Getting fit in the name of lager and ale.
David April stands in front of his Fishtown rowhome, a little before 7 p.m. on this freezing cold night, talking to Traci Browne and a dozen other people clad in fleeces, ski caps and running shoes.
"I don't know why I'm here," Browne tells April. "I guess you just talked me into it!"
The night before the two had been at the Philadelphia Brewing Company when April mentioned running. "I don't know if I shamed you into coming or I challenged you," April responds with a laugh.
"You just had me convinced it was such a great idea," Browne says. "And I haven't run for like ... years."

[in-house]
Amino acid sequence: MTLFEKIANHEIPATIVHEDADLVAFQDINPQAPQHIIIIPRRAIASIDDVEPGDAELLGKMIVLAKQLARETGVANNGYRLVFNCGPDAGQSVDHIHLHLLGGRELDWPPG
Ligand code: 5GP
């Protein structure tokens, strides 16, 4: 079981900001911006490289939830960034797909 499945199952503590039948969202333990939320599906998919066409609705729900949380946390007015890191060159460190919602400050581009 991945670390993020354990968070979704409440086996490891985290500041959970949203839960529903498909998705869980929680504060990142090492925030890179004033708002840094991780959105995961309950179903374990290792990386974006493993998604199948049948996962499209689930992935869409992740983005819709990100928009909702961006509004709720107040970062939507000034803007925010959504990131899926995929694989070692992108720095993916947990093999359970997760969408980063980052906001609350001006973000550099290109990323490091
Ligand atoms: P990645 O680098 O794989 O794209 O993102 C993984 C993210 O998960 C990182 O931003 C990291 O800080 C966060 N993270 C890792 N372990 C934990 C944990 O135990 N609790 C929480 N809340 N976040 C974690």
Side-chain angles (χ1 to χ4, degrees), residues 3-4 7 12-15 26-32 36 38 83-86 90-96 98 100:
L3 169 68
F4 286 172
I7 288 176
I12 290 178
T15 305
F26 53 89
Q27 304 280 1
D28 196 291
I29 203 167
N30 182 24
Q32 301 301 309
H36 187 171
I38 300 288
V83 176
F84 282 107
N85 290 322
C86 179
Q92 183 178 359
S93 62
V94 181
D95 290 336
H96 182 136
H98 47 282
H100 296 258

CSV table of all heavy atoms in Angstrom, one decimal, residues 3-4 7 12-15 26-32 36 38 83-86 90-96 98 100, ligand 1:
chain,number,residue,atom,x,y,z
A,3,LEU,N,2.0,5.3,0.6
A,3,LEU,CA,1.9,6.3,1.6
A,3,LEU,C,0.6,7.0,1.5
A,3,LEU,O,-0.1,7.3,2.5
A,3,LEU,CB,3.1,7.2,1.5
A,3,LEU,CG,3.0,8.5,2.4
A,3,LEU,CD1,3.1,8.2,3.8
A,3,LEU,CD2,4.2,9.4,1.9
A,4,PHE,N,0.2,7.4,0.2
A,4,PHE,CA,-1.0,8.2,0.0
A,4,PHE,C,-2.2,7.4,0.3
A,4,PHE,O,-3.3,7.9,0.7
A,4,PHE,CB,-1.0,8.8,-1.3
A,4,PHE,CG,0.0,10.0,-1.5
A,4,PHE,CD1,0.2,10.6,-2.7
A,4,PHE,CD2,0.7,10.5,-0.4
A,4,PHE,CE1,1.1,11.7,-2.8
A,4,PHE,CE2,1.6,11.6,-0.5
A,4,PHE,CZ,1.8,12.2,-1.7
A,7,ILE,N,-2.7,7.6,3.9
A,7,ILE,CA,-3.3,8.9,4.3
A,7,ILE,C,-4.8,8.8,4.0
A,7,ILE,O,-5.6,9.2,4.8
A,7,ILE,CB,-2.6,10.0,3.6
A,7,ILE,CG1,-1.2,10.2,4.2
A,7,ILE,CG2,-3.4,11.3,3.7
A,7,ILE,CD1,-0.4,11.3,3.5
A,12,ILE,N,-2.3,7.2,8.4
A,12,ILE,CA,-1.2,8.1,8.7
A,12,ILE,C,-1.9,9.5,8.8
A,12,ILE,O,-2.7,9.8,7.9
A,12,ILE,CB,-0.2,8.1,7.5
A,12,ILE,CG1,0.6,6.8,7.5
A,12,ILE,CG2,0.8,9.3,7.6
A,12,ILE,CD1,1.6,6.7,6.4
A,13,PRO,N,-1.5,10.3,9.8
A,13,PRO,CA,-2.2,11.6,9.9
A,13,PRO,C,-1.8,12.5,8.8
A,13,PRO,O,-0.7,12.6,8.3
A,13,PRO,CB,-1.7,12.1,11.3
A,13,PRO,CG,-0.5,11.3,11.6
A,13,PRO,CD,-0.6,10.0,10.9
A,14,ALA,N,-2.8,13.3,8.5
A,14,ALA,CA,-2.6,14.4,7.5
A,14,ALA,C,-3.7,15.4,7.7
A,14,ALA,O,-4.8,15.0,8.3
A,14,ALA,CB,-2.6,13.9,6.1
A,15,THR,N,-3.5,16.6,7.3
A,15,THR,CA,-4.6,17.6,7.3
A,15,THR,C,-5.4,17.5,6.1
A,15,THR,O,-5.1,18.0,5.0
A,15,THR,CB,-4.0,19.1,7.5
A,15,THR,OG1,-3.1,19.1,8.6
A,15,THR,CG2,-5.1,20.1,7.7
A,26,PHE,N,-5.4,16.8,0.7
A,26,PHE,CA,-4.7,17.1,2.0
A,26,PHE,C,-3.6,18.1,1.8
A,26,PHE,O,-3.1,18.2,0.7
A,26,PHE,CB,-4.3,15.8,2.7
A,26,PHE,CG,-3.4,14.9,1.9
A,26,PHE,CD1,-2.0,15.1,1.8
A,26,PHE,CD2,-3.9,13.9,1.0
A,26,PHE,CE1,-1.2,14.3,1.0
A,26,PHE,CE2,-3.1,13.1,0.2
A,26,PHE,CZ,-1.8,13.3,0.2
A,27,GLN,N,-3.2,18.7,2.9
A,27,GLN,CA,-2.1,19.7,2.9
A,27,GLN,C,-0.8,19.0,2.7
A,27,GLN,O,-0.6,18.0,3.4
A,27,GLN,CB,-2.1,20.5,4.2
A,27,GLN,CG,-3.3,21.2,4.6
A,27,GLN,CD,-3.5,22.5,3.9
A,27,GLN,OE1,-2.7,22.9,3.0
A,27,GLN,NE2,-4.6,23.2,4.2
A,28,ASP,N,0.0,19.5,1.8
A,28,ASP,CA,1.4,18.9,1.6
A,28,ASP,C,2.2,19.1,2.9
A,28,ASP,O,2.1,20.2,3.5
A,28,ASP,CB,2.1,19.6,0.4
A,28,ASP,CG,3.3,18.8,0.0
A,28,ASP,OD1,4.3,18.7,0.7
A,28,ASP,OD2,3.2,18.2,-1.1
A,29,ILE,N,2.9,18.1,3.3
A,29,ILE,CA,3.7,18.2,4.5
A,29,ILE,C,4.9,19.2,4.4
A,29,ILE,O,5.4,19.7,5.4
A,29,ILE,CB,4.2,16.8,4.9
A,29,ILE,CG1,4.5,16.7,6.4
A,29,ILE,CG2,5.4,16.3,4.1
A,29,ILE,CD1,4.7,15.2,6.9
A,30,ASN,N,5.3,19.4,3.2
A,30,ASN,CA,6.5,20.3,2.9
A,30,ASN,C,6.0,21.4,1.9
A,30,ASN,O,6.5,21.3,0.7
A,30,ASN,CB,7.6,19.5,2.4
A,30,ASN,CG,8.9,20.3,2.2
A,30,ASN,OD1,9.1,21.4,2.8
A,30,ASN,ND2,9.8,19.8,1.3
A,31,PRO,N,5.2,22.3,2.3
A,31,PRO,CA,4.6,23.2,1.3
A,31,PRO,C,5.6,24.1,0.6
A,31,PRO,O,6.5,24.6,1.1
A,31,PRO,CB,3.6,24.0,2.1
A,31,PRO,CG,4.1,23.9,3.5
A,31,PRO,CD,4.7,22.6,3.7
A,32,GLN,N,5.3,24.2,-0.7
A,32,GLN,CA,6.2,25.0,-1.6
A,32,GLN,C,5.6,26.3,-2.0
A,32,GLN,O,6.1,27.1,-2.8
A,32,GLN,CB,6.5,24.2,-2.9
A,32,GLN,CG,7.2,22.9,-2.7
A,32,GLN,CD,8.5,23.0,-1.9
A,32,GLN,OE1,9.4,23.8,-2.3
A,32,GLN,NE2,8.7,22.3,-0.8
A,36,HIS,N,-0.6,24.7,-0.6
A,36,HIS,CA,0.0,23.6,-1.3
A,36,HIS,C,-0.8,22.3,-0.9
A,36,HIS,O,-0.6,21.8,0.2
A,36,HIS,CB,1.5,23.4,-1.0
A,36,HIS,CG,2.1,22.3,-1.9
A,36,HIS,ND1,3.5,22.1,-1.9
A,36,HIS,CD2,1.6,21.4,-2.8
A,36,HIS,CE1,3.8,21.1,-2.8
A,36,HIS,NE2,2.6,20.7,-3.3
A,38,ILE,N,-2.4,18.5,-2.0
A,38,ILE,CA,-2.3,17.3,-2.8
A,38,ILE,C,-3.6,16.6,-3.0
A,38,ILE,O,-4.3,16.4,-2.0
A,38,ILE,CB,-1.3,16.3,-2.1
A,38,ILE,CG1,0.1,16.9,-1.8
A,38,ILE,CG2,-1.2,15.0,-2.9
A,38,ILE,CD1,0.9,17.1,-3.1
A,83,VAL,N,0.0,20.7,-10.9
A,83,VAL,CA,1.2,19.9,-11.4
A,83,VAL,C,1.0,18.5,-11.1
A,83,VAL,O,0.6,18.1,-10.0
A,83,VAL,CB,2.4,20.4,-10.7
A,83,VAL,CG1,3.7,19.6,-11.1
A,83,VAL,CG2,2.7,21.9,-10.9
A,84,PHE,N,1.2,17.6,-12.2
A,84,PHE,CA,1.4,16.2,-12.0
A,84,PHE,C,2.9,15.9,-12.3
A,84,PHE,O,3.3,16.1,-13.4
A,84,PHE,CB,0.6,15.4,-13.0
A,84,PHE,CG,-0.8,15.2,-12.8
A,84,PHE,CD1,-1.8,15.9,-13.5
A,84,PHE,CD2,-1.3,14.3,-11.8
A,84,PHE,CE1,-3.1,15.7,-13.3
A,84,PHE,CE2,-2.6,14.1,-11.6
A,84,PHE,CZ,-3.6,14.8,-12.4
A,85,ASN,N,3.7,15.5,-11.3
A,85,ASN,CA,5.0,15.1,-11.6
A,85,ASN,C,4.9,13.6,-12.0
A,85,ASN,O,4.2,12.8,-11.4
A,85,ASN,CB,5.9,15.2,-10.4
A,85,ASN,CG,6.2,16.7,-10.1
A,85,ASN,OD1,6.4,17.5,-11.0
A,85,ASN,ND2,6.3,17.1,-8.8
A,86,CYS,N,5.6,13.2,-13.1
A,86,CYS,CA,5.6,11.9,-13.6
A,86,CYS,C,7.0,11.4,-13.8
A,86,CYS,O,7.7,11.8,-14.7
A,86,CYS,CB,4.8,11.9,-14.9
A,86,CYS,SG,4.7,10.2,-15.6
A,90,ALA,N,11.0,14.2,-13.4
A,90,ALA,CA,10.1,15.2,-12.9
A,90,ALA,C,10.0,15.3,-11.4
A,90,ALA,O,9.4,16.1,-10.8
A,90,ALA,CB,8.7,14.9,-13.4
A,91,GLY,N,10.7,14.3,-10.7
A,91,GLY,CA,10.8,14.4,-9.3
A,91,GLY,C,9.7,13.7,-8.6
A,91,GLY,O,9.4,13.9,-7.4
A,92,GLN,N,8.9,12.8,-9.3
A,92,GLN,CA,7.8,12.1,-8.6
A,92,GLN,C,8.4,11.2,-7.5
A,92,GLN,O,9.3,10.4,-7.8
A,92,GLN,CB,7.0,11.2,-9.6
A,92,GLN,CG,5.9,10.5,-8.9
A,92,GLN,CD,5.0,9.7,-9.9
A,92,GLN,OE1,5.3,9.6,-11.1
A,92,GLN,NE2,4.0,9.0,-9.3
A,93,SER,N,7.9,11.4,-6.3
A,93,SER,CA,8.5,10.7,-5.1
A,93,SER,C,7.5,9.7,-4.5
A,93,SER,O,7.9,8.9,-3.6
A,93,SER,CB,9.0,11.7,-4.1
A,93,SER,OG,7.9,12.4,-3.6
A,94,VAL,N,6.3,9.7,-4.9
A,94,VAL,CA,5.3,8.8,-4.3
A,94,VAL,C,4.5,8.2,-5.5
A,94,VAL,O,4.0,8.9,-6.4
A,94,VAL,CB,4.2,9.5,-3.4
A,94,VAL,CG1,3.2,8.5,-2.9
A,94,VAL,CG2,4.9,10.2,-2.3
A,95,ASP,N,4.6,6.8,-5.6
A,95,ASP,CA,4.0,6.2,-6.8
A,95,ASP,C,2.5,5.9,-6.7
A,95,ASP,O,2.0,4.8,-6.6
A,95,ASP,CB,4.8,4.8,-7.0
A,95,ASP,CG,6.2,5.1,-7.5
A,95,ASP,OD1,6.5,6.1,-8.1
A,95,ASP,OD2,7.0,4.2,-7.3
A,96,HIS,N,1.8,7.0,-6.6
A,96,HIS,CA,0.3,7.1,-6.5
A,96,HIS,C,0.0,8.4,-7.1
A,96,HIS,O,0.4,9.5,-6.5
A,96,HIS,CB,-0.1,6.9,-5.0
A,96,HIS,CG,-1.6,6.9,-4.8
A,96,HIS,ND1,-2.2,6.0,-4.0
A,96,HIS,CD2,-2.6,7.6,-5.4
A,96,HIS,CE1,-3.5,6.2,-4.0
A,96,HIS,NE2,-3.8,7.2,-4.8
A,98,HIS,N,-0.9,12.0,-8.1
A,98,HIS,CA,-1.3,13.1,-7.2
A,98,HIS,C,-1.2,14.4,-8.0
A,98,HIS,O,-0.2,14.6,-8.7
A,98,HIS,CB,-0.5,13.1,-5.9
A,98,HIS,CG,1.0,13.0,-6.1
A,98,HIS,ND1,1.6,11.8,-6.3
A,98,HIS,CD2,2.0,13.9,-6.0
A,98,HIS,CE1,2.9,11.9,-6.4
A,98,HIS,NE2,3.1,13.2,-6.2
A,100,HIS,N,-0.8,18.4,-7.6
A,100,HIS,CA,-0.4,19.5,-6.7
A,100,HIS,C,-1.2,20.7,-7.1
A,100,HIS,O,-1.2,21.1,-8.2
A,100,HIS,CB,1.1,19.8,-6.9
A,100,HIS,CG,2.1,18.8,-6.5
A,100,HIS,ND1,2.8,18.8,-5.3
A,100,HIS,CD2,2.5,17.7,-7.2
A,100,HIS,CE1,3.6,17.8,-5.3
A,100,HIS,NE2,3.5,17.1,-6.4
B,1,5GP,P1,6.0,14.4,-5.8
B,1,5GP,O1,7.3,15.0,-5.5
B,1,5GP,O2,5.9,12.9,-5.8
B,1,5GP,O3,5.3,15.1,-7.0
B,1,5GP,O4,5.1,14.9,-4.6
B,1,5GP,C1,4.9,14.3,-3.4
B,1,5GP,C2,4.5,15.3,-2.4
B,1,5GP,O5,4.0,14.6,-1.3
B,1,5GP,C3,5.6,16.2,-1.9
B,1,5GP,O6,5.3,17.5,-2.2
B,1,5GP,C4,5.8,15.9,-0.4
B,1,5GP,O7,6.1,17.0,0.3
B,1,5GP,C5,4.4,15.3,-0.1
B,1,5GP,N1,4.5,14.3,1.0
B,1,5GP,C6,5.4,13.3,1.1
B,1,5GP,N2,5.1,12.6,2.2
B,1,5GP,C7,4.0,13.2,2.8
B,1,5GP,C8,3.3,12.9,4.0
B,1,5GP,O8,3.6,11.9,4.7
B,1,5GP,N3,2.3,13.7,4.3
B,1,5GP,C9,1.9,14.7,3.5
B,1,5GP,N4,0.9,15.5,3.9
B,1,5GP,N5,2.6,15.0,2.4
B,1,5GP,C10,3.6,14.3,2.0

The crew waits as a few more people amble down Susquehanna Street, shaking their limbs and stretching their calves as they approach.
Finally, April announces, "We're ready to rock and roll. Let's go!"
And in the name of science, the assembled members of the Fishtown Beer Runners dash through the heart of the neighborhood on a five-mile jog that will end, appropriately, at a bar.
In November 2007, medical professor Manuel Castillo Garzon of Granada University in Spain announced that the hydration effect of beer was "slightly better" than that of water.
After putting test subjects through rigorous exercise, Garzon poured half the subjects a pint of water, and the other half a pint of beer. He found that the beer drinkers recovered faster--the carbohydrates replaced lost calories and the carbonation quenched their thirst.
The news spread quickly, especially among beer-lovers. Fishtown resident Eric Fiedler found the story online and informed April. The two decided to test the theory.